Eggrolls. Those greasy, fried, crispy rolls of deliciousness you get with your order of Chinese food. But did you know how easy and cheap it is to make them at home? The really only difficult part of making them is to fry it. And, although I haven’t tried it myself, I have a feeling that you could bake them in the oven and achieve essentially the same result, except without the characteristic bubbles.

Eggrolls are simpler, easier, more delicious, and better than you think! Make them homemade!

This recipe is a pretty cheap one to make. Carrots, cabbage, and onions are pretty cheap. Shrimp and mushrooms, while a bit more pricey, are optional. Egg roll wrappers aren’t to cost prohibitive. A note about the carrots. Obviously, most cooking on a budget is trading convenience for price. You can get a pound of baby carrots for a dollar, or about a pound of string carrots for $2.50. Usually, I cannot bring myself to pay an extra $1.50 simply for convenience. A dollar-fifty might not be a lot, but if you include grated cheese, peeled onions, pre-boiled eggs, and even store-bread, it adds up over time. I just slice carrots for recipes or chop them the long way for ramen. However, when you’re splurging a bit calorie- and time-wise, you may as well splurge a bit for easier carrots that fit the recipe better.

Also, you can easily make them vegan by not adding the shrimp. If you do, I would make sure that you also get vegan wrappers, hoisin sauce, and mustard.

Eggrolls are simpler, easier, more delicious, and better than you think! Make them homemade!

I guess I don’t know what else to say about egg rolls. They are cheap, and delicious, and easy. Trust me. And then make it, and find out for yourself!


  • 1 napa or green cabbage
  • 3 onions
  • 2 cups carrots, either shoe-string or sliced thin
  • 1 tablespoon ginger
  • 1 tablespoon garlic
  • 1 cup mushrooms, chopped (optional)
  • 1 cup salad shrimp, defrosted and lightly chopped (optional)
  • 21 egg roll wrappers (you can also find them as wonton wrappers, but make sure that you get the bigger size).
  • 2 cups, plus 1 tablespoon canola oil, divided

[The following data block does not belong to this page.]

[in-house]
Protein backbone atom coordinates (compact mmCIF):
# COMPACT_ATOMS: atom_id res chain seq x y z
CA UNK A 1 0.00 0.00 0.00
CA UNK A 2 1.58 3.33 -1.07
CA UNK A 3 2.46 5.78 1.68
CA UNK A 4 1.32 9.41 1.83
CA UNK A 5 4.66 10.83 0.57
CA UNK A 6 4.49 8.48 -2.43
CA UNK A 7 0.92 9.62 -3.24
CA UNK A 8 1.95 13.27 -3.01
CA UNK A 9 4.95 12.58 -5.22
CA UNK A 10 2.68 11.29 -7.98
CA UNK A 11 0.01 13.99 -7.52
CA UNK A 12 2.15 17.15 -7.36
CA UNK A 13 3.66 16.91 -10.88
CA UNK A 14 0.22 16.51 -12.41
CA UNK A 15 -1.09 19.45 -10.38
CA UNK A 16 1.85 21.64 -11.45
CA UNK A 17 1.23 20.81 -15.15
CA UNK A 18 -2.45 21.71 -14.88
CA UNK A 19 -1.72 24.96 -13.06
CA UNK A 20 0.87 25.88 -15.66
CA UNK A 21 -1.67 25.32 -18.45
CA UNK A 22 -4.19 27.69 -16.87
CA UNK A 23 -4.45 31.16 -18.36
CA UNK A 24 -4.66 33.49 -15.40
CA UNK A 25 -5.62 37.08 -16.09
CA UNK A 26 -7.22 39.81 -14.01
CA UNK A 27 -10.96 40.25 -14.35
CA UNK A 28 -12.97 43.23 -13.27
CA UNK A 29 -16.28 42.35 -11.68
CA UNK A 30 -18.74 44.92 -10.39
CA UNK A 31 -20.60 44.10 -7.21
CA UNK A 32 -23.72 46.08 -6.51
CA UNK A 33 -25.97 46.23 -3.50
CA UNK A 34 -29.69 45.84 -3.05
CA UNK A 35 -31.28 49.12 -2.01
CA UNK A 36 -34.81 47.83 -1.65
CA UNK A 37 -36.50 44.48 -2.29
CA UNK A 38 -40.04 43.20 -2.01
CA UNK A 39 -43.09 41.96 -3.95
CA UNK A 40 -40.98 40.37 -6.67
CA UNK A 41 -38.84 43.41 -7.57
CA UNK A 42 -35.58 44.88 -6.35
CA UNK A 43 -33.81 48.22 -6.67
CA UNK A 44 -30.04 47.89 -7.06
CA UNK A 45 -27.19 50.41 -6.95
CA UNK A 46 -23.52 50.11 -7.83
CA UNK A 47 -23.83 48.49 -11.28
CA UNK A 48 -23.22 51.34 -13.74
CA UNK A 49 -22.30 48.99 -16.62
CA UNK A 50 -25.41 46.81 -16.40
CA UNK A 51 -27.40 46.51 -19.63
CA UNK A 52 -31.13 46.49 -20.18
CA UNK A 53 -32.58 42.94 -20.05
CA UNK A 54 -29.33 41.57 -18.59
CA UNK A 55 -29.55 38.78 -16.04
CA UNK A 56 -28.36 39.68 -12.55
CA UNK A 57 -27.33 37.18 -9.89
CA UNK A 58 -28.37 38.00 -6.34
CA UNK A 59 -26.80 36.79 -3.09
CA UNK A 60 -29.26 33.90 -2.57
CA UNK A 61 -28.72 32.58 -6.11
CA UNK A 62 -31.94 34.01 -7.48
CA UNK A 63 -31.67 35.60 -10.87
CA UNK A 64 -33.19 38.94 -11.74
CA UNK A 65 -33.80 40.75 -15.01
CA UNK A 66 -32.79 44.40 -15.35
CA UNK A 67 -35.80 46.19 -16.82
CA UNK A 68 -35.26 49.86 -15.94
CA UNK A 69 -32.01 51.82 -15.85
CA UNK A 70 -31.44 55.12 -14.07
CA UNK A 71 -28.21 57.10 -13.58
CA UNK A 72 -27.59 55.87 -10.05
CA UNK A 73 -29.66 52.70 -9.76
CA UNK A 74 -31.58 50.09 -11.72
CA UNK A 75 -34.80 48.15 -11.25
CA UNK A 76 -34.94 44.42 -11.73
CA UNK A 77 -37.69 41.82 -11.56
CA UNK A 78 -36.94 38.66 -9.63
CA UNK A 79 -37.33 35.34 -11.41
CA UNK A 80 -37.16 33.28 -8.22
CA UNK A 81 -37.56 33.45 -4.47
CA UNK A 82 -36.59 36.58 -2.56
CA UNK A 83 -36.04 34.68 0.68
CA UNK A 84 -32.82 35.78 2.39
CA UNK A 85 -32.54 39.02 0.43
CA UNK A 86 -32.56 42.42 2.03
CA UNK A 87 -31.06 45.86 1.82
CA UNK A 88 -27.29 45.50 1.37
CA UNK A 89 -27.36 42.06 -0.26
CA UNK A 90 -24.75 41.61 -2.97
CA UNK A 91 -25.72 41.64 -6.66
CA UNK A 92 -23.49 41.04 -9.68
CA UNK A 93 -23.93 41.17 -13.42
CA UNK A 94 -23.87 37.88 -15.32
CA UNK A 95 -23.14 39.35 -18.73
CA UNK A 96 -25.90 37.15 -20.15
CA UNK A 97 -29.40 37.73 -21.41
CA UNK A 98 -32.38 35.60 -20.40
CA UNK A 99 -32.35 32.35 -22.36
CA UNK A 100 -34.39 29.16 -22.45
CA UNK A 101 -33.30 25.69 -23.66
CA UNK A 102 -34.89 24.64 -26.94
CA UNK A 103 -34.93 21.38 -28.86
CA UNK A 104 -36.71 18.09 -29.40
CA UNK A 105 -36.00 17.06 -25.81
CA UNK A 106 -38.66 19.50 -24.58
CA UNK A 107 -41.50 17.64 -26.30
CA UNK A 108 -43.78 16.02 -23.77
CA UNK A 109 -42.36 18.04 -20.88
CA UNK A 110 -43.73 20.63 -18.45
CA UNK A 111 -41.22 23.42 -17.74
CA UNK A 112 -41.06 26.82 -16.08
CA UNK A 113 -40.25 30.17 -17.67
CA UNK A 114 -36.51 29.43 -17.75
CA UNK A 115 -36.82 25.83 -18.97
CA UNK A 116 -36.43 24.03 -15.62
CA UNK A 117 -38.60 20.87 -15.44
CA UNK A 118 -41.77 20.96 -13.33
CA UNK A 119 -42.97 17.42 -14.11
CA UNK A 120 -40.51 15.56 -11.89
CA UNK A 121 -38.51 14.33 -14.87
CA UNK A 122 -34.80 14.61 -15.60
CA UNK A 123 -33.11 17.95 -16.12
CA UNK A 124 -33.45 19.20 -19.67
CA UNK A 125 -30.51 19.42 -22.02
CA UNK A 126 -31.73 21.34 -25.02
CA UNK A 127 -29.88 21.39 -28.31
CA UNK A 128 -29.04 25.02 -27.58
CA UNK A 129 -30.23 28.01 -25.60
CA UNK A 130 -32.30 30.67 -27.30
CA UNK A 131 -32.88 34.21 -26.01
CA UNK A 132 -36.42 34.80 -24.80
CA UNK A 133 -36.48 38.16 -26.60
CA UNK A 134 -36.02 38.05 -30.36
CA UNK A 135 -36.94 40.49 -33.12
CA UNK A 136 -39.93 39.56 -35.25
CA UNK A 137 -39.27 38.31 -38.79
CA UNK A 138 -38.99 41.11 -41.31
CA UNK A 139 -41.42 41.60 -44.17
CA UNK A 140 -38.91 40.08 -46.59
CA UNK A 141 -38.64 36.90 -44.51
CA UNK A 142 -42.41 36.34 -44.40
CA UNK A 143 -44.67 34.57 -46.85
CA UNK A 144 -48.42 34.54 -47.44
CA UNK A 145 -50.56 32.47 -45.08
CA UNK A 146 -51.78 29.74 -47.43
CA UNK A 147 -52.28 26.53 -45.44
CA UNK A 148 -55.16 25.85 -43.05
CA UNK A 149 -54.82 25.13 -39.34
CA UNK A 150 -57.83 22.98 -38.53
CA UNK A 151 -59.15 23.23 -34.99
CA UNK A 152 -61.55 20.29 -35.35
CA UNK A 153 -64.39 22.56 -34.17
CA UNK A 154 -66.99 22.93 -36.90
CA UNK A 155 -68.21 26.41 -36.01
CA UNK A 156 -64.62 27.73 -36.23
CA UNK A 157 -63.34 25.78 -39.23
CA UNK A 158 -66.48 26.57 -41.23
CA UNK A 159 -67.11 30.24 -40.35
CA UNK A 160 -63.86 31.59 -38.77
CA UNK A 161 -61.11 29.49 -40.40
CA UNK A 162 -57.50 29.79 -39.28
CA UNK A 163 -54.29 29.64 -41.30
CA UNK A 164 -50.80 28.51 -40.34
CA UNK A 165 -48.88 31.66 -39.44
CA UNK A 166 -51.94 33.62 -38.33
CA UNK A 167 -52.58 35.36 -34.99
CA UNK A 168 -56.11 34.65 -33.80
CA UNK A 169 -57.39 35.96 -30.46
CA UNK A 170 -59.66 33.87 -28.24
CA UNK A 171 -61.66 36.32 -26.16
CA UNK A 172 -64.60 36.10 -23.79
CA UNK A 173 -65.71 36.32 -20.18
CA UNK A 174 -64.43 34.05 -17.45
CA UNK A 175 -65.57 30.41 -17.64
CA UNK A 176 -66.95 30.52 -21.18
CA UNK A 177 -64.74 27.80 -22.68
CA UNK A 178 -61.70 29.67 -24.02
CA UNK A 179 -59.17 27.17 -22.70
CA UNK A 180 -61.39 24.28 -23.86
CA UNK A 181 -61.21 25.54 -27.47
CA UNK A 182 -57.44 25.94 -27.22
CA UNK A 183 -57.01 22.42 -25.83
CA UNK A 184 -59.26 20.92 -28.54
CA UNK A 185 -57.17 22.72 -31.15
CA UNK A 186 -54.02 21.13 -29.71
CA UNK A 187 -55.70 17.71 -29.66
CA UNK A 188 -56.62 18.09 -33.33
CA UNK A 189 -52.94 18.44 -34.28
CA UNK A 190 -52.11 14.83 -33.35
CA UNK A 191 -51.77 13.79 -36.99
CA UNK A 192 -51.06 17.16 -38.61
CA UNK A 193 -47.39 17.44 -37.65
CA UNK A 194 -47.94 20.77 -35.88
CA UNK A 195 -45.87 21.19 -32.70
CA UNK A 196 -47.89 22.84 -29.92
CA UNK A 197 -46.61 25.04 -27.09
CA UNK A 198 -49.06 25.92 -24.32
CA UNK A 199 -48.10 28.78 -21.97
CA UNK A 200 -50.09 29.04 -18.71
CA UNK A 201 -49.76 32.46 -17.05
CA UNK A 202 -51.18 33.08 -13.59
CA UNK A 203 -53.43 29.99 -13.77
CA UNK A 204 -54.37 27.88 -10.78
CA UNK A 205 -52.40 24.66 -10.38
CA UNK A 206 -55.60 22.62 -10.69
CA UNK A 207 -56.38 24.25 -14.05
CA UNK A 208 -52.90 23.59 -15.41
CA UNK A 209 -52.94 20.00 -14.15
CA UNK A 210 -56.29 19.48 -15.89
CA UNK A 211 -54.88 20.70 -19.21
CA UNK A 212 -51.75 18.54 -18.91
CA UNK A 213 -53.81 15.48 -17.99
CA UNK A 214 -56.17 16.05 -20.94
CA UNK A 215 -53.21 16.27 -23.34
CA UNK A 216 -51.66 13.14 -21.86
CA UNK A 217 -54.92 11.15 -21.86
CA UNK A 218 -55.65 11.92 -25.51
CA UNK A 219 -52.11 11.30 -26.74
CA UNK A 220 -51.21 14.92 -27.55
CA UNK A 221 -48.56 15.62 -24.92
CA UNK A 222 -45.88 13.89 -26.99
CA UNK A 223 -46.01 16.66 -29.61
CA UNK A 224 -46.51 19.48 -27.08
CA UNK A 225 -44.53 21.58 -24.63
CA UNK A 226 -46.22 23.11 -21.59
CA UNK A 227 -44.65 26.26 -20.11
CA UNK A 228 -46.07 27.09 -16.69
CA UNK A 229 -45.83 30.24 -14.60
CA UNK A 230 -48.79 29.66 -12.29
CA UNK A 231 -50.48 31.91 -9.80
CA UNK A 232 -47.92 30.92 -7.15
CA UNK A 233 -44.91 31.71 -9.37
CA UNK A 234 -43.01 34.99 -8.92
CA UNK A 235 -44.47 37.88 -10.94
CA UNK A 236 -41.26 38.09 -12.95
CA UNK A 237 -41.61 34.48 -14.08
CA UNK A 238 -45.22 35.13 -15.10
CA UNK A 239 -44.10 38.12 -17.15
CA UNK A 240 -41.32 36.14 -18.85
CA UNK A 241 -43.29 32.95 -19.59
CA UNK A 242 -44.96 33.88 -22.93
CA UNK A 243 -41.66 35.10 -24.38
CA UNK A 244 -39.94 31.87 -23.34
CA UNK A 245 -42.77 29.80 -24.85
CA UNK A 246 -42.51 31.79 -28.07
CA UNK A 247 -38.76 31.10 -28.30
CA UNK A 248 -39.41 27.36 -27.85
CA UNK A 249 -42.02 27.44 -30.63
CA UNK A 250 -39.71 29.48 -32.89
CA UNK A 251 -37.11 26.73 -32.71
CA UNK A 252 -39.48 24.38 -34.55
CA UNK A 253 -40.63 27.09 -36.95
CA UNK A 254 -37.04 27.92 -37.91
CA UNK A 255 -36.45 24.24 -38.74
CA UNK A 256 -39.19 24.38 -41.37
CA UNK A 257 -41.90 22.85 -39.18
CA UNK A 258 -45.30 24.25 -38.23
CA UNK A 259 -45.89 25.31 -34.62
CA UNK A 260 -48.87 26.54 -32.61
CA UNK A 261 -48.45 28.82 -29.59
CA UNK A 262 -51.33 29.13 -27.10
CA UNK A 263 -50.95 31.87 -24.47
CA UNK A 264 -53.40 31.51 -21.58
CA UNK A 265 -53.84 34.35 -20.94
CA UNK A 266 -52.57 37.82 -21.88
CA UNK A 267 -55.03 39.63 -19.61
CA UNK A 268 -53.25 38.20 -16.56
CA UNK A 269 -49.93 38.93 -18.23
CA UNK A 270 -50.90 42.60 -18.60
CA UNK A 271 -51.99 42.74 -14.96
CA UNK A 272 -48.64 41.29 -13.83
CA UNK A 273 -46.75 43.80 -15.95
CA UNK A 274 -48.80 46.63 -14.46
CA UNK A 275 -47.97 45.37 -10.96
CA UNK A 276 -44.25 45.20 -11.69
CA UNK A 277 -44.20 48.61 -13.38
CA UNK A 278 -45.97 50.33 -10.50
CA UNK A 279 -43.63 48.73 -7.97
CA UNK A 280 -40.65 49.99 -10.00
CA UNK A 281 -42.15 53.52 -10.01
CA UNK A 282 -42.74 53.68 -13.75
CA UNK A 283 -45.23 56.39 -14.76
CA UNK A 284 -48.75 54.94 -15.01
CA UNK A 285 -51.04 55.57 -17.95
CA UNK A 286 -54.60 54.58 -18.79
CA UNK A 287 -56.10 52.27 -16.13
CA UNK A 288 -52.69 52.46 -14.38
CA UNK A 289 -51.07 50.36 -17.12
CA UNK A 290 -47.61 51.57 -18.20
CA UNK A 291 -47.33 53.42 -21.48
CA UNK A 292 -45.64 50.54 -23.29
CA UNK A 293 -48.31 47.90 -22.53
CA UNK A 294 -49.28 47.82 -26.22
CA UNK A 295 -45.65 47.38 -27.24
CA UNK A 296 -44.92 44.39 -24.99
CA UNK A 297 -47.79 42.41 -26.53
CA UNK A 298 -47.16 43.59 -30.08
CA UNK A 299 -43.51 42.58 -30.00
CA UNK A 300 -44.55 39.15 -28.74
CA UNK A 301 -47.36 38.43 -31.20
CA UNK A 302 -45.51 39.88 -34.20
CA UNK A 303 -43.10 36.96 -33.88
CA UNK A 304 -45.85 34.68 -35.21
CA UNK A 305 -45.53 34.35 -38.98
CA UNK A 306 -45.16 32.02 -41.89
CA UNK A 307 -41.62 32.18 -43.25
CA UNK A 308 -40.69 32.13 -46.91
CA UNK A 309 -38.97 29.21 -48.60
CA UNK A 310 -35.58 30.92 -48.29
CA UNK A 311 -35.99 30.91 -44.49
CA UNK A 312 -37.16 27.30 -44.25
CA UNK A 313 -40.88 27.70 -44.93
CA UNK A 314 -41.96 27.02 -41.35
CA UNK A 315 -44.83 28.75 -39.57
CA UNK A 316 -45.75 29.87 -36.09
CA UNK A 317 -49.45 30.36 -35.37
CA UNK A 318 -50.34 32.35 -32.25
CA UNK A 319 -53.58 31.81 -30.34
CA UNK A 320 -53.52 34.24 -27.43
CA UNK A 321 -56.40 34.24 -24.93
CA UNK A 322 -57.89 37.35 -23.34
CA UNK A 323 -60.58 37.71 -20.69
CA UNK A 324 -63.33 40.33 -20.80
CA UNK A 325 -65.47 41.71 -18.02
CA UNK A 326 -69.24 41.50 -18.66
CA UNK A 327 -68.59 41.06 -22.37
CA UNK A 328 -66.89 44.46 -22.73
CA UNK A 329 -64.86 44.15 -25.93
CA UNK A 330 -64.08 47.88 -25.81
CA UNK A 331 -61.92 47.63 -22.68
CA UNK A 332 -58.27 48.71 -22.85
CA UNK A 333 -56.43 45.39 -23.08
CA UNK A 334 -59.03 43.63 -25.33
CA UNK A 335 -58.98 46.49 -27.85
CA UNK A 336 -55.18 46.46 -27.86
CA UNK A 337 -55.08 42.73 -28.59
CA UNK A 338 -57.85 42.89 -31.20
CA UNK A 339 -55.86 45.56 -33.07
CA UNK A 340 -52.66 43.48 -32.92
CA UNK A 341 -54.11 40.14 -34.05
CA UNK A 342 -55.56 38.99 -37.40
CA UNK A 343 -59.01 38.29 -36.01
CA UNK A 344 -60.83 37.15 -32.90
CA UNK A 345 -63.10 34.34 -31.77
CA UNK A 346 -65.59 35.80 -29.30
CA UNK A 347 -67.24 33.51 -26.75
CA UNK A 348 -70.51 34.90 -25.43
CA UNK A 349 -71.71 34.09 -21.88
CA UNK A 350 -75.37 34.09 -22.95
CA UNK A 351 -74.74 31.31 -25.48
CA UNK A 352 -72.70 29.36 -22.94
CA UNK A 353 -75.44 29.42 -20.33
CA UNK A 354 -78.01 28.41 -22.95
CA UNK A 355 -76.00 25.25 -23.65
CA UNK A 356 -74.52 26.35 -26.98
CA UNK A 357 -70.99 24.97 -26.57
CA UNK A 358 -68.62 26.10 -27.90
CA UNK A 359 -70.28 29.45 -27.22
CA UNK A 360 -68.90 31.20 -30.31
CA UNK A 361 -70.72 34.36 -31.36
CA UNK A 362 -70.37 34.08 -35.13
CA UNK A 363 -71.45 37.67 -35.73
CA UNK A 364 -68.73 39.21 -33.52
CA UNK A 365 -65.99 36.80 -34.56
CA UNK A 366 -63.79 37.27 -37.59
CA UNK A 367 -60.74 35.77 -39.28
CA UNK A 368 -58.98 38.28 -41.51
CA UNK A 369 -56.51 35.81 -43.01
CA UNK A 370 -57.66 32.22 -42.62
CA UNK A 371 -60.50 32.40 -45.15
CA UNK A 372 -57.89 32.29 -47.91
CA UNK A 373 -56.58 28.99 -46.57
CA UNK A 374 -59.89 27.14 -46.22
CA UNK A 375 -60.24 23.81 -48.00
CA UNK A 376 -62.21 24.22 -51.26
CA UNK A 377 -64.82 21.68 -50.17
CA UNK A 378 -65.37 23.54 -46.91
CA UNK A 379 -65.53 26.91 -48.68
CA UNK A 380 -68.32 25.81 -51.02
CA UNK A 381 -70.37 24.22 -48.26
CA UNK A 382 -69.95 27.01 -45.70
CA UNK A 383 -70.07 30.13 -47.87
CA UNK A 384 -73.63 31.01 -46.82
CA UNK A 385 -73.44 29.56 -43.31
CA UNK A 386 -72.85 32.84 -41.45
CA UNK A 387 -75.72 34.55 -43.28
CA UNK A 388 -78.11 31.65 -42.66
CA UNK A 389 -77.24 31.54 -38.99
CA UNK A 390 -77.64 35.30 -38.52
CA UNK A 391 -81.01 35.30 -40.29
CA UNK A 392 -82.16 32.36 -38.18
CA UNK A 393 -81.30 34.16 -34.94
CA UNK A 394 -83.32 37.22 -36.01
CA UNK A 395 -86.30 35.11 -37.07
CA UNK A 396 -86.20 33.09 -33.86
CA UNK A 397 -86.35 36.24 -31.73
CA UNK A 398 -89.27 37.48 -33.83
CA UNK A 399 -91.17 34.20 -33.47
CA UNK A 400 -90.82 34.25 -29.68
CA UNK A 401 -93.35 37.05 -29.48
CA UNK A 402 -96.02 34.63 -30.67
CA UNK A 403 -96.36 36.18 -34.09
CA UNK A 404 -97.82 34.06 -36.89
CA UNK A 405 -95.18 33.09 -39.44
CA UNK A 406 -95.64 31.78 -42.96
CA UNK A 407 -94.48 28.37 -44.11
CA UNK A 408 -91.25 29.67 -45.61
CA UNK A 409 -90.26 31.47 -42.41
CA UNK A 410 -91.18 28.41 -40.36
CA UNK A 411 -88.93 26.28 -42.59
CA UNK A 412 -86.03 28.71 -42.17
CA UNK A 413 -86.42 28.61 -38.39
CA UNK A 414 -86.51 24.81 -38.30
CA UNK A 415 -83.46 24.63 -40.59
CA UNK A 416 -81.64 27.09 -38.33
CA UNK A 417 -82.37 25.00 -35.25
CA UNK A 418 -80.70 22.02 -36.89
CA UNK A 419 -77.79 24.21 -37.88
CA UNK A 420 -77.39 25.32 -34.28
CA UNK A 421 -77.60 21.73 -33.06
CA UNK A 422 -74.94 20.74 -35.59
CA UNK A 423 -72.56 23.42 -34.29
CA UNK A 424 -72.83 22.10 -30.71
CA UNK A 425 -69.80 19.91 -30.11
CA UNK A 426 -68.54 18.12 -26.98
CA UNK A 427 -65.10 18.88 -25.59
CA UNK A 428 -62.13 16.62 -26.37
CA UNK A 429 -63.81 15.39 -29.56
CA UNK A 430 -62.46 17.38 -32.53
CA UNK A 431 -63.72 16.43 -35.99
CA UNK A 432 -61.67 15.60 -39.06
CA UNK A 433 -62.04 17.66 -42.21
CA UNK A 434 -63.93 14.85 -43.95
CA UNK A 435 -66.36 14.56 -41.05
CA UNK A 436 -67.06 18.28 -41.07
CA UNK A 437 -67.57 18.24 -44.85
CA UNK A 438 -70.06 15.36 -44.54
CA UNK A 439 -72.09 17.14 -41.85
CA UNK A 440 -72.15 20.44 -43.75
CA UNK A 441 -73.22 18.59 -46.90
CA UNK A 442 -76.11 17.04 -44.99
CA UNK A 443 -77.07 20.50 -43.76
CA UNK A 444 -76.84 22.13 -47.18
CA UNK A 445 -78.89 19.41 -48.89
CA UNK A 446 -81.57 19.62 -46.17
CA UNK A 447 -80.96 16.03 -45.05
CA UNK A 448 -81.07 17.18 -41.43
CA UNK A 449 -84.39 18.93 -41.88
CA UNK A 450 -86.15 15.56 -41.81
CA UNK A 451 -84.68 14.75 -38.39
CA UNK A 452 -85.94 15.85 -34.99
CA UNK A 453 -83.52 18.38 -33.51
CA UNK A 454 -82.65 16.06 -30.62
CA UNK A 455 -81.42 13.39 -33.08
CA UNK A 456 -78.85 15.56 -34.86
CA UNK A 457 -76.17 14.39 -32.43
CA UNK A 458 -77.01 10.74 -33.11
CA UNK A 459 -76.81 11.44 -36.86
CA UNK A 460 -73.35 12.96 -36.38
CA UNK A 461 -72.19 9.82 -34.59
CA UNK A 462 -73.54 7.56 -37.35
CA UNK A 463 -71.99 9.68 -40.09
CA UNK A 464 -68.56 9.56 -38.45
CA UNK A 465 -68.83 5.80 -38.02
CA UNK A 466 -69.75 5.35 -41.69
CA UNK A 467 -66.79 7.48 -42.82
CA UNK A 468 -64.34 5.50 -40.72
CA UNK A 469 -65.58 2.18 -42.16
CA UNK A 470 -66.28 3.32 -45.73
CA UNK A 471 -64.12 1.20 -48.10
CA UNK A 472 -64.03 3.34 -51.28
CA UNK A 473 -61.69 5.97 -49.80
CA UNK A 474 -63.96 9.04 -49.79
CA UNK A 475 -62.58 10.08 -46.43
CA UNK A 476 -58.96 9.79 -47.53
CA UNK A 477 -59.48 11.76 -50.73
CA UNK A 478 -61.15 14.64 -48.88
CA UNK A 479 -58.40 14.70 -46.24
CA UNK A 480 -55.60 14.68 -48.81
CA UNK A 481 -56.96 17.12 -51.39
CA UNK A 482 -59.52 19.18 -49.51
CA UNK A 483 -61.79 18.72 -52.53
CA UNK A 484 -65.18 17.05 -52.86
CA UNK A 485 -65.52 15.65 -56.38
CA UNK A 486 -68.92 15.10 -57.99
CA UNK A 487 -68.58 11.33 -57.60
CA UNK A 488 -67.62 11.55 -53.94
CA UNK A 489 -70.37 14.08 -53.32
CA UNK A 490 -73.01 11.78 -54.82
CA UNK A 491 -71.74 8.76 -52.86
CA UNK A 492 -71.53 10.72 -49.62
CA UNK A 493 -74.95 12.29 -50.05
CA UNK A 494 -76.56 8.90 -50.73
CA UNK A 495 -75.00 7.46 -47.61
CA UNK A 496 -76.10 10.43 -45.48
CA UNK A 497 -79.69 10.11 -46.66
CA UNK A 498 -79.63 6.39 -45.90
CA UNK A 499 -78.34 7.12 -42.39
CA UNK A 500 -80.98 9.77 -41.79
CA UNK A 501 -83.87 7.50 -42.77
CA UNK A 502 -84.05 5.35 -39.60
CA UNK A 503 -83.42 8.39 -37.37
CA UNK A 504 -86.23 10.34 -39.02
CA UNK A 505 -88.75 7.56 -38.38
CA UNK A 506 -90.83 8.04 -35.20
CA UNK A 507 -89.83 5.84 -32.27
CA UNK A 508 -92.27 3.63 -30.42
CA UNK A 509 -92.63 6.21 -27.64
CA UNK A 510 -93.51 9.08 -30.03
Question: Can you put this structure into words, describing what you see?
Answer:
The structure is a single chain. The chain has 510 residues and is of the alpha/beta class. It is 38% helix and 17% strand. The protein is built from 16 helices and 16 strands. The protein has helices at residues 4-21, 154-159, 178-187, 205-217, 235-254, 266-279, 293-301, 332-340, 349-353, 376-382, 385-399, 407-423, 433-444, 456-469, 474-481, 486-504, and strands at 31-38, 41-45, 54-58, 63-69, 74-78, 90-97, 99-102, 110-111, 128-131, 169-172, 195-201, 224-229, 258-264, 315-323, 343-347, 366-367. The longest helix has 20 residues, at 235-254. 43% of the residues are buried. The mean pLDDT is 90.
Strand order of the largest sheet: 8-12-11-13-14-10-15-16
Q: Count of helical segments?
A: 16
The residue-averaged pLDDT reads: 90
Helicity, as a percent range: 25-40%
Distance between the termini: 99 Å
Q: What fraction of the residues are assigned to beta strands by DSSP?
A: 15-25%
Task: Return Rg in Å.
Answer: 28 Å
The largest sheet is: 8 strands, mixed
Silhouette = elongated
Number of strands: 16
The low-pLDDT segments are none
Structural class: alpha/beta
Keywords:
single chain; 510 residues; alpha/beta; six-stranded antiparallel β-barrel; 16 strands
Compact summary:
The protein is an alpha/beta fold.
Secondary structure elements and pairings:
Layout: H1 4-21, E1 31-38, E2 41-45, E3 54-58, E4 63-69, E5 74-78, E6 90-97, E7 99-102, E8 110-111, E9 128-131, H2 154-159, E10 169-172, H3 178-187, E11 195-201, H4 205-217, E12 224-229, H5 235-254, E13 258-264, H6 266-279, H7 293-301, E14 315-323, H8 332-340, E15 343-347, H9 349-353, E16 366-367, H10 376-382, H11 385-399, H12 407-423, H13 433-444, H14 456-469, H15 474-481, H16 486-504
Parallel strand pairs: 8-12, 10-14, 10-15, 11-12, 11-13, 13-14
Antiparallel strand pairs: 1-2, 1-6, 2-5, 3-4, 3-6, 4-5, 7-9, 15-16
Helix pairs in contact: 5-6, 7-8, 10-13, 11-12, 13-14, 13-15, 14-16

• Hoisin sauce or mustard to serve.


  • Slice the cabbage and onion into long, thin slices. Heat a tablespoon of the oil over medium-high heat in a wok or pan, and then add the veggies and the carrot. Cook for 5-7 minutes, then add the ginger, garlic, and mushrooms, if using. Cook until tender. Cool for 10 or so minutes. If your mixture is particularly watery, drain in a colander over a bowl.
  • While the mixture is cooling, heat the oil over medium-high heat until shimmering.
  • While the oil is heating, roll your egg rolls. Place a single wrap on the counter. Place 1/4 cup or so of the mixture into the bottom third of the wrapper. Roll the bottom to the center, and then fold the sides in. Roll from the bottom to the stop. Repeat until you run out of mixture or wrappers.
  • Once your rolls are all done, check to make sure that your oil is hot. This can be done by either placing a scrap of roll in the oil or the butt end of a wooden spoon. If the oil sizzles, it’s ready.
  • Fry your rolls. Work in smallish batches, so the temperature of your oil doesn’t drop too much. Because your ingredients are cooked, you’re just looking to cook and crisp the wrapper. Once the rolls are golden-brown, remove them from the oil, and place on a plate lined with paper towels.
  • Serve with hot mustard, hoisin sauce, or whatever, and enjoy!







4 thoughts on “Eggrolls

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